Subjects: Behavioral health
People know it’s important to avoid excessive weight gain as they get older, and that exercise is a key to success in this regard. But until recently, scientists had published surprisingly few studies purporting to quantify the impact of habitual exercise on weight gain over the long haul.
Arlene Hankinson and her colleagues at Northwestern set out to do just that. Using data from a prospective follow-up study, Hankinson’s group showed that men who were able to maintain high activity levels over an extended period gained 6 fewer pounds, and 5 fewer centimeters of waist circumference than those in the lowest activity group. Women in the highest activity group gained 13 fewer pounds and nearly 7 centimeters less around their waists.
To reach these conclusions, the scientists examined data from the Coronary Artery Risk Development in Young Adults (CARDIA) study, which is a 20-year longitudinal study that began in 1985. CARDIA included complete historical data for 3,554 men and women from Chicago, Birmingham, Minneapolis and Oakland. Enrollees were 18 to 30 years old at study onset.
During each follow-up visit, CARDIA enrollees completed questionnaires regarding their activities and exercise habits. Each activity had been assigned a numerical score ranging from 108-288 by the scientists. Activity scores were summed for each individual to yield a total score.
The authors subsequently divided study participants into 3 tertiles according to their total score. To be assigned into a more active tertile, subjects had to qualify on points for at least 2/3 of all follow-up visits.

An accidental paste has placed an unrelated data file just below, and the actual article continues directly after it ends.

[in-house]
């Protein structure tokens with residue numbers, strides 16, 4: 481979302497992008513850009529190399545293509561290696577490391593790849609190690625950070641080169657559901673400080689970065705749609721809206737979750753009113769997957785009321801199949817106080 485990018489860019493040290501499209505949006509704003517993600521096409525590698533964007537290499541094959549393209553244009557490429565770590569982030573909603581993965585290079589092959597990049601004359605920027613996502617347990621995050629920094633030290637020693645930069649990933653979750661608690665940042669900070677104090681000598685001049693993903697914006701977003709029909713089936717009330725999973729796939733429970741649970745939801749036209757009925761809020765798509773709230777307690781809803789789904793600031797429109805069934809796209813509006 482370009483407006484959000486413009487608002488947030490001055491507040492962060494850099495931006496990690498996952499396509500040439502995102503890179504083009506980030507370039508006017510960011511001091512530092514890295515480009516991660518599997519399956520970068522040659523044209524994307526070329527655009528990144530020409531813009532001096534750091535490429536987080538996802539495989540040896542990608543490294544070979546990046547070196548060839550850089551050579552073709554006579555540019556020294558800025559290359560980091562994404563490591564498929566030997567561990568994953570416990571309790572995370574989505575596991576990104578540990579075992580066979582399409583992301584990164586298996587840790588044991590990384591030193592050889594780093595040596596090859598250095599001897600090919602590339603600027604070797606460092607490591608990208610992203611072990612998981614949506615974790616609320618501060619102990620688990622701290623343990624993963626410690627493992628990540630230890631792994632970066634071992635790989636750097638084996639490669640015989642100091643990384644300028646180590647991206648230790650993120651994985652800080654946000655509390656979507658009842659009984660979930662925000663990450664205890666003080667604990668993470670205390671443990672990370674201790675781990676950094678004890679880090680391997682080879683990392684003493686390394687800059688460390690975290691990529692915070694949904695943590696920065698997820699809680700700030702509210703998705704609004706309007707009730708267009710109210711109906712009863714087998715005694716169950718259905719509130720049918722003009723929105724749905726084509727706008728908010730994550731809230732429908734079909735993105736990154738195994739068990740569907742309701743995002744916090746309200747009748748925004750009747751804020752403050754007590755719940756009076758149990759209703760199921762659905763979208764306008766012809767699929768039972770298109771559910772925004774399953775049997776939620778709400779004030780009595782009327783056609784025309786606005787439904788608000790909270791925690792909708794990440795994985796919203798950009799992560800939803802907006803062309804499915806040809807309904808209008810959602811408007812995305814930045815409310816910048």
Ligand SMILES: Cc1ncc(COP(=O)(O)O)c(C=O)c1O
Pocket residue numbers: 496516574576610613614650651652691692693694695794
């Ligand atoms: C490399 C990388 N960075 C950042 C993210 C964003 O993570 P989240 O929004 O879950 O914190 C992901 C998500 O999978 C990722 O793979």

Remarkably, only 12% of study participants met criteria for the highest activity group. The reason, Hankinson said in an interview with USNews, is consistency. “It’s not that it’s hard to achieve high levels of activity,” she remarked. “It’s that it’s difficult to maintain them over time.”
Hankinson therefore recommends finding activities that are enjoyable. “Whatever activity you do, the whole point is that you’re doing something that you are going to maintain over a lifetime,” she explained. And vigorous activities like marathons and lifting heavy weights are not necessary to fall into that “high activity” group in Hankinson’s study. All that’s required is about 2 ½ hours per week doing things that get one’s heart rate up. So things like step aerobics, dance, speed walking and the like are perfectly adequate.
It’s also essential to note that folks in all activity groups in Hankinson’s study did gain at least some weight. The take-home message is that exercise alone isn’t going to be enough to maintain a stable body weight into and beyond mid-life. There’s simply no getting around the fact that dietary intake is the single most important factor in determining weight gain.
Hankinson’s write-up appears in the Journal of the American Medical Association.